A guide to graduate careers in construction

Careers Advice
16 May 2019 | Careers Advice | thomas thomas

For graduates, construction is an industry that offers a broad range of opportunities and career paths including architect, surveying, electrician and more. We spoke to Andy Mason, academy director of the work-based training academy COSAC, to learn more about what’s on offer in the industry.


As a building surveyor, you will be the go-to person for professional advice on construction and property queries. From undertaking surveys and identifying any faults, your main duties will be ensuring buildings are up to scratch and advising on how to fix those that aren’t.

There are many degrees that can help you get into surveying, including economics, geography, mathematics as well as urban and land studies. Alongside a degree, a surveyor will need to be a keen problem solver and have a practical mindset.


If you have a technical and creative mind and an eye for detail, then architecture could be the path for you. Architects work at the foundation of the construction industry, drawing up plans for housing developments and offices and restoring historic buildings.

A successful architect will need to have both the creativity to develop innovative design concepts and the technical skills to create accurate drawings. An architecture degree usually takes around three or four years and involves a mix of theoretical and practical study. You then undertake professional experience Part 1, Part 2 and Part 3, which normally takes four years to complete.

Project management

Project managers oversee the entire construction of the site, ensuring all work is completed on time and to the client’s specification. Day-to-day, you will be in charge of outlining the goals and objectives, working out deadlines for each job, and monitoring the progress of the teams.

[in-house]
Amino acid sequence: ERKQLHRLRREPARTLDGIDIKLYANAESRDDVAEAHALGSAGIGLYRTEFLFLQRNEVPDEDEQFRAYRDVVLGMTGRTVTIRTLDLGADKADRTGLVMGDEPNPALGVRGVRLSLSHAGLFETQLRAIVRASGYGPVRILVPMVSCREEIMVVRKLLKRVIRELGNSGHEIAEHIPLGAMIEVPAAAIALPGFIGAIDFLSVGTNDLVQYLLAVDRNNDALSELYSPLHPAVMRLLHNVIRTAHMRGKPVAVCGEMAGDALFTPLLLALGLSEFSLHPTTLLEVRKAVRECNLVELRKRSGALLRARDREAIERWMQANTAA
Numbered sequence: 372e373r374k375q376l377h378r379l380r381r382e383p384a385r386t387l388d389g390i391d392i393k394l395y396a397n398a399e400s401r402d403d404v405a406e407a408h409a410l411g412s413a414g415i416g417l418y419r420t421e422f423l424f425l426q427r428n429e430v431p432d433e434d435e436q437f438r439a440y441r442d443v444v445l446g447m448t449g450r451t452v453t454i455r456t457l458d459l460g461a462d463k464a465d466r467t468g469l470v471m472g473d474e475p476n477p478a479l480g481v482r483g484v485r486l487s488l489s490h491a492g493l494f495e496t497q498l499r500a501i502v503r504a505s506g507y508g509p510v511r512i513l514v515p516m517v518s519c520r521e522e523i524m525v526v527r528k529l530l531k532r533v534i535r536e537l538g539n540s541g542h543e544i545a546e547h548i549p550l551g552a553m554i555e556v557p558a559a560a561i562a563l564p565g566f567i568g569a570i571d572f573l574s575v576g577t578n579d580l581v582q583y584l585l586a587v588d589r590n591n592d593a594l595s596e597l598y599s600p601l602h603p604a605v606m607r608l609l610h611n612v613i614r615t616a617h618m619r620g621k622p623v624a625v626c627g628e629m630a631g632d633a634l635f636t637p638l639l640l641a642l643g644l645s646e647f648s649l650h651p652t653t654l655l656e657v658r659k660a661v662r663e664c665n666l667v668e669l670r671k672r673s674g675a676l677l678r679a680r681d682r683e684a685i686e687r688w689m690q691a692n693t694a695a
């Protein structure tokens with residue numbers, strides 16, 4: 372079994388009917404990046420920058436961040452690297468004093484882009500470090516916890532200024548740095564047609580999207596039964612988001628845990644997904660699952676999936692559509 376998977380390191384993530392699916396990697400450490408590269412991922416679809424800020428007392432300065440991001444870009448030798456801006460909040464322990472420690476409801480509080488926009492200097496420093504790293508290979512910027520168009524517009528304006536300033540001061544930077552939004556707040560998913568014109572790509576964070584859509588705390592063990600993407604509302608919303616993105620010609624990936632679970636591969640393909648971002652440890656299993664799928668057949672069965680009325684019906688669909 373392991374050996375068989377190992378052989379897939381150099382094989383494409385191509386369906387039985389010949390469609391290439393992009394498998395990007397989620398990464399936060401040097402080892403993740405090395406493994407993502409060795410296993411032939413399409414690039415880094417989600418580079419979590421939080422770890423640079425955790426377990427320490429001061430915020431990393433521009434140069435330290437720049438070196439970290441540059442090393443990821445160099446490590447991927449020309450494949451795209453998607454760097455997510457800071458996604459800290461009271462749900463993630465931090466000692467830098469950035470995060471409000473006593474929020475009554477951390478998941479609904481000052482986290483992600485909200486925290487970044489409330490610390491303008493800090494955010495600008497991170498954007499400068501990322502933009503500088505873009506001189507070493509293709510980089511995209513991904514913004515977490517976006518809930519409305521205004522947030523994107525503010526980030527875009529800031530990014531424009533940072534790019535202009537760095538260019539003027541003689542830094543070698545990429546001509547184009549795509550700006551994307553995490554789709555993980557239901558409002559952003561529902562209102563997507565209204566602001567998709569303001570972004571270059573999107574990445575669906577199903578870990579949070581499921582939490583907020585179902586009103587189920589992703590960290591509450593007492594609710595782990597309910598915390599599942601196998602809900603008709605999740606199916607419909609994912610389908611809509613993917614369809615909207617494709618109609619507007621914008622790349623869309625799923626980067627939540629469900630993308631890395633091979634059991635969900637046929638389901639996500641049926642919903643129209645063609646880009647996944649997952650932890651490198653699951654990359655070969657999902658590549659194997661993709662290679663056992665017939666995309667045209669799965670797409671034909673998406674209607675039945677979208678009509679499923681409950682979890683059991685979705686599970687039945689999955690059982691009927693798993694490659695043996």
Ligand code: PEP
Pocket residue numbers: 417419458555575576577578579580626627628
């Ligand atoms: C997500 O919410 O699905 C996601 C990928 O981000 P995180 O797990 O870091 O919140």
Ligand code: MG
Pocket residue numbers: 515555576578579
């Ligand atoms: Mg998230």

For this role, a graduate can have a degree in any subject, but construction related subjects such as geography or architecture is usually preferred. If you want a head start in the role, you can take a postgraduate course in project management. While it is uncommon for graduates to enter the project management role straight away, graduate schemes usually help you get there quickly, as an assistant project manager.

Civil and structural engineering

Whether it's covering the entire process as a civil engineer, or focusing on the design and materials used as a structural engineer, these roles play a crucial part in any construction project. Working both in the office and on-site, engineers are responsible for meeting building regulations and ensuring safety.

While engineering degrees offer a strong foundation for this career, any science-based course can also provide a foundation of knowledge and skills that are needed for the job.

Working in a trade

Tradespeople are the face of the construction industry, taking on specific jobs like electrician, joiners, bricklayers, demolition and more. A degree isn’t normally necessary depending on what trade you are thinking of going in to. A common route is through an apprenticeship scheme, which mixes both practical work and theory. Technical trades, such as electrical engineers however can require a degree because they involve intricate knowledge of complex equipment and how to handle them safely.

The qualifications for construction

Since construction covers such a broad range of roles, each position calls for different skills and knowledge, however there are some general requirements.

Anyone that works on site will need to acquire the appropriate CSCS card – this shows your employer that you have the correct training and knowledge needed to carry out your job safely. For those working with heavy machinery, a CPCS card is needed as well.

Project managers on the other hand require SMSTS to show that they understand general on-site safety, as well as first aid training, while electricians will need to obtain an ECS card.

For information on COSAC and the training courses available, visit: .cosac.co.uk/

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